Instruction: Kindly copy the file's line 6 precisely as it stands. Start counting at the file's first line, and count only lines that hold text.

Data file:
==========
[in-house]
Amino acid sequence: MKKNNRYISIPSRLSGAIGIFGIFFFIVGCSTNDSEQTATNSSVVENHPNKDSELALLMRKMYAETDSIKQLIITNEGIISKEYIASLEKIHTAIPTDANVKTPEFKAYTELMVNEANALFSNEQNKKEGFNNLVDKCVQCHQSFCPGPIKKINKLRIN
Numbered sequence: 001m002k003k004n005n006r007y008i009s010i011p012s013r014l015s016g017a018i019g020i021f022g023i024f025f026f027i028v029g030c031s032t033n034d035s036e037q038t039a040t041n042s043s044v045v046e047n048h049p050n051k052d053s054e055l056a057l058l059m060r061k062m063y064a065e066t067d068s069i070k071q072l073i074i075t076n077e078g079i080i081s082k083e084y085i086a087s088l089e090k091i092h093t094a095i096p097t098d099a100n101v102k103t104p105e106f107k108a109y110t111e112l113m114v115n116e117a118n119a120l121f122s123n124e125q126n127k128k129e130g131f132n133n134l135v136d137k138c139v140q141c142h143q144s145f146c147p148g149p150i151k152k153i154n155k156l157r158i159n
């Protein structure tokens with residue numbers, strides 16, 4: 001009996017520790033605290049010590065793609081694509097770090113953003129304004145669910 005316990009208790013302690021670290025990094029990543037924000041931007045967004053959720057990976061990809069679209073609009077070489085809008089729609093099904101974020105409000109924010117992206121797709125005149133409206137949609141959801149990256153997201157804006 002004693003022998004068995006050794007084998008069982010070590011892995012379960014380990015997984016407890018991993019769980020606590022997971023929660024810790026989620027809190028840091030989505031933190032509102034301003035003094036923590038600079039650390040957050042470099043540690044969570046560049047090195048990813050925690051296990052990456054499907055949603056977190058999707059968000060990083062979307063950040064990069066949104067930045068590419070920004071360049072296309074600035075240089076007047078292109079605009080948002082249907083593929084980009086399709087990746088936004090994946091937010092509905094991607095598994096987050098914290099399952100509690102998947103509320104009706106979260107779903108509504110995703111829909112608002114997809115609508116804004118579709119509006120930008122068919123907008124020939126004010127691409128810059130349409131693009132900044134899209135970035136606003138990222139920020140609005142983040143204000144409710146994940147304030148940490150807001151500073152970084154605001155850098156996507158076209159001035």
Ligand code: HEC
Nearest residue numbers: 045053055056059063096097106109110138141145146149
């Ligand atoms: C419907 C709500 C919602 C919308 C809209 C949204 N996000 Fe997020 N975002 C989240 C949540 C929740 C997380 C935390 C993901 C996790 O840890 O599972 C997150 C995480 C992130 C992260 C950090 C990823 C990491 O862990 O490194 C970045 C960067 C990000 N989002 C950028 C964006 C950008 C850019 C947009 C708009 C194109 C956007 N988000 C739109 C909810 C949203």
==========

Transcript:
Nearest residue numbers: 045053055056059063096097106109110138141145146149